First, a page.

Brian Kelly hire shows LSU is still a magic name in college football
LSU didn’t get Lincoln Riley.
Or Jimbo Fisher. Or Mel Tucker.
Or any other Internet-designated A-list candidate to succeed Ed Orgeron as its head football coach.
But the Tigers did get Brian Kelly.
The guy who coached Notre Dame to more victories than Knute Rockne did.
And Frank Leahy. And Ara Parseghian. And Lou Holtz.
The perception that big-time college football coaches have no interest in coaching the Tigers dissipated faster than Orgeron’s program went from 2019 national champions to 2021 orphans.
That perception began after the 2016 season when LSU had interim coach Orgeron as a fall-back option as it sought a bigger name to be the full-time successor to Les Miles.
Fisher, a former Tigers assistant who was head coach at Florida State at the time, wasn’t interested, though a year later he was more than happy to leave the Seminoles for Texas A&M.
LSU – like most head-coachless teams at the time – was enamored with University of Houston head coach Tom Herman, but he was more interested in Texas.
So the Tigers seemingly settled for Orgeron. (For what it’s worth Orgeron lasted longer at LSU than Herman, who’s now an assistant with the Chicago Bears, lasted with the Longhorns.)
The perception, mostly but not exclusively from outside of Louisiana, was that Orgeron wasn’t up to the job, that he was destined to fail.
But he didn’t fail – at least not initially. The Tigers made slow, steady progress before Orgeron caught lightning in a bottle and led the Tigers in a dominant run to the 2019 national championship.
Then it all fell apart.
LSU went 5-5 in 2020 and started 4-3 this season, leading the university to buy out Orgeron and make him a de facto interim coach again. The Tigers went 2-3 down the stretch, sending him out with a 27-24 victory against Texas A&M last Saturday in Tiger Stadium.
Offensive line coach Brad Davis is expected to coach LSU in whatever bowl game it goes to, but now the Tigers have a new full-time leader.
And he’s a good one. A big name. A guy with a whole bunch of skins on the wall. Remember, he’s had more Playoff appearances than anybody in the SEC except Nick Saban.
It’s easy to look at the Kelly hire as a repeat of 2016 – as LSU settling after being spurned by its preferred choices.
Riley went to USC, Fisher stayed in College Station and Tucker got a big raise to stay put like seemingly everyone else on athletic director Scott Woodward’s list.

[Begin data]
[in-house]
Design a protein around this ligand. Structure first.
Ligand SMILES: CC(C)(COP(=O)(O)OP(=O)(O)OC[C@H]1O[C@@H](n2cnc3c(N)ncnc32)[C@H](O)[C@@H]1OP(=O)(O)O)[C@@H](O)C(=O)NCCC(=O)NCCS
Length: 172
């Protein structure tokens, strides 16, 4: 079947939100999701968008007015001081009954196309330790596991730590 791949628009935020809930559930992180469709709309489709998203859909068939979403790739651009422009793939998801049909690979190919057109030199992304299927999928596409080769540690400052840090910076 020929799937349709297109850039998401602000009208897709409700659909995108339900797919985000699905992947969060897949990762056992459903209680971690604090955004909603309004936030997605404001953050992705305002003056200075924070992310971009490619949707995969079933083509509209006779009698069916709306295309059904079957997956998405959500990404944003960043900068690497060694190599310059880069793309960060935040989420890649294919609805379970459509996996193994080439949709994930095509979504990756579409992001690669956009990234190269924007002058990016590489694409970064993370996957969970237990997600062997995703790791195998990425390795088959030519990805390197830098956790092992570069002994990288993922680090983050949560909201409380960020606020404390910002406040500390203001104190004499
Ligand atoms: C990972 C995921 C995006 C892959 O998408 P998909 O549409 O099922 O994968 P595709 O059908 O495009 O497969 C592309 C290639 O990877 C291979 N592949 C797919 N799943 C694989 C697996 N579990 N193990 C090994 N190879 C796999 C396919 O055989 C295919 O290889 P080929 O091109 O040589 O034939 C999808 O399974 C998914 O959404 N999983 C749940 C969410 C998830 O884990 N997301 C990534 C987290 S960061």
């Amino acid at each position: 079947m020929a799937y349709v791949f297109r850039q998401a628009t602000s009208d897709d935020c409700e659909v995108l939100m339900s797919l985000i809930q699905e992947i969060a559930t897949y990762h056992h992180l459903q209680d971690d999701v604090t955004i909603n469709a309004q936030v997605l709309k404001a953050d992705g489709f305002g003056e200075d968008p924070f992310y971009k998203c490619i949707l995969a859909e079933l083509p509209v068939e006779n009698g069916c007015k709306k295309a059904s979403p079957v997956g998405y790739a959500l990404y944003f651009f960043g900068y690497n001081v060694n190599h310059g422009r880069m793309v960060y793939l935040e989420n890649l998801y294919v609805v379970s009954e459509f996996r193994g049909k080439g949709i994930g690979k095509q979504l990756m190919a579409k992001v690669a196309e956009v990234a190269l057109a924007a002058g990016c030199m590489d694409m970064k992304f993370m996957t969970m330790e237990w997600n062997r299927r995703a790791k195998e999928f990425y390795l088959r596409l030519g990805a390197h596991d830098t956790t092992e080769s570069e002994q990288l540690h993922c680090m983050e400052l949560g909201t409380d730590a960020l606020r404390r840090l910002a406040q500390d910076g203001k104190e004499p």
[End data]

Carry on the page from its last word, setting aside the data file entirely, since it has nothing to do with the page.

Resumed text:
But Kelly was on the Tigers’ radar all along. And rightfully so.
He’s an excellent coach – he was at Grand Valley State, Central Michigan and Cincinnati and has been at Notre Dame.
Sure he’ll turn 61 during next season, but he’s a couple months younger than Orgeron and a decade younger than Nick Saban.
And speaking of Orgeron and Saban, they and Miles have all won national championships at LSU – Saban in 2003 and Miles in 2007.
Youth is cool, but so is experience, so is a track record.
Perhaps Riley or Lane Kiffin or former LSU assistant Dave Aranda or former Tigers’ neighbor and new Florida head coach Billy Napier or someone else who isn’t going to Baton Rouge will someday well down the road have a track record approaching Kelly’s current one.
But there’s insufficient evidence at the moment to suggest any of those coaches will be the equal of Kelly in 2022 or for a while after that.
No one in Baton Rouge is in the mood for patience right now – and they shouldn’t be.
This .500 stuff has gotten really old in 2 seasons.
Kelly has been coaching for 32 seasons. In 3 of those seasons his team failed to have a winning record.
He had the Fighting Irish in the CFP for the 2nd time last year and they’re lurking again this year.
LSU expects to win big every season – and Kelly has won big nearly every season.
Presumably Woodward offered a pot of gold that even the Fighting Irish leprechaun couldn’t match.
In addition to the money that Woodward offered, reportedly a 10-year deal that could top $100 million, something else might have helped tipped the scales away from South Bend and toward Baton Rouge.
Kelly has one thing left on his bucket list — to win a national championship.
It’s easier to reach the College Football Playoff at Notre Dame.
But it’s easier to win it at LSU.